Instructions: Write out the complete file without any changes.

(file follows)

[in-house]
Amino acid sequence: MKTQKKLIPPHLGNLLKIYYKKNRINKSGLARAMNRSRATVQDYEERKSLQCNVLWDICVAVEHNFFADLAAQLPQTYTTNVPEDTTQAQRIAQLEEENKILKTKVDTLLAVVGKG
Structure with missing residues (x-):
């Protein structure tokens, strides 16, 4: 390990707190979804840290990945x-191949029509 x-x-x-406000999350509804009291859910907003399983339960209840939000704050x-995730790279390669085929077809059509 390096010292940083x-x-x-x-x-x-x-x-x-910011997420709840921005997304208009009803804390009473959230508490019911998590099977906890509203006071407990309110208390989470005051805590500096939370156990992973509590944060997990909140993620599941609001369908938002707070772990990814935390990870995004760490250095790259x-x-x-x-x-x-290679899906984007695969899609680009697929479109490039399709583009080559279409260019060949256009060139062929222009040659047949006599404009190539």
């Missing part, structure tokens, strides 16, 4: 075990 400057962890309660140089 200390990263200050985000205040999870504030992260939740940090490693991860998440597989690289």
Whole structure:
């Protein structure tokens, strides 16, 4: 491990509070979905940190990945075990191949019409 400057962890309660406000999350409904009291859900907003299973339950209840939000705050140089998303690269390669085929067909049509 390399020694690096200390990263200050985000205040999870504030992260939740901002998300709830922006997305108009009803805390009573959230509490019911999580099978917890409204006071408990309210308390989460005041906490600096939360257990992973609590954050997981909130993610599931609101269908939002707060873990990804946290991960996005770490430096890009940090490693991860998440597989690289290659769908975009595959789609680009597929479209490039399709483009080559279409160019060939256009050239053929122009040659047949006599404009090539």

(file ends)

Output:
[in-house]
Amino acid sequence: MKTQKKLIPPHLGNLLKIYYKKNRINKSGLARAMNRSRATVQDYEERKSLQCNVLWDICVAVEHNFFADLAAQLPQTYTTNVPEDTTQAQRIAQLEEENKILKTKVDTLLAVVGKG
Structure with missing residues (x-):
């Protein structure tokens, strides 16, 4: 390990707190979804840290990945x-191949029509 x-x-x-406000999350509804009291859910907003399983339960209840939000704050x-995730790279390669085929077809059509 390096010292940083x-x-x-x-x-x-x-x-x-910011997420709840921005997304208009009803804390009473959230508490019911998590099977906890509203006071407990309110208390989470005051805590500096939370156990992973509590944060997990909140993620599941609001369908938002707070772990990814935390990870995004760490250095790259x-x-x-x-x-x-290679899906984007695969899609680009697929479109490039399709583009080559279409260019060949256009060139062929222009040659047949006599404009190539």
């Missing part, structure tokens, strides 16, 4: 075990 400057962890309660140089 200390990263200050985000205040999870504030992260939740940090490693991860998440597989690289």
Whole structure:
């Protein structure tokens, strides 16, 4: 491990509070979905940190990945075990191949019409 400057962890309660406000999350409904009291859900907003299973339950209840939000705050140089998303690269390669085929067909049509 390399020694690096200390990263200050985000205040999870504030992260939740901002998300709830922006997305108009009803805390009573959230509490019911999580099978917890409204006071408990309210308390989460005041906490600096939360257990992973609590954050997981909130993610599931609101269908939002707060873990990804946290991960996005770490430096890009940090490693991860998440597989690289290659769908975009595959789609680009597929479209490039399709483009080559279409160019060939256009050239053929122009040659047949006599404009090539």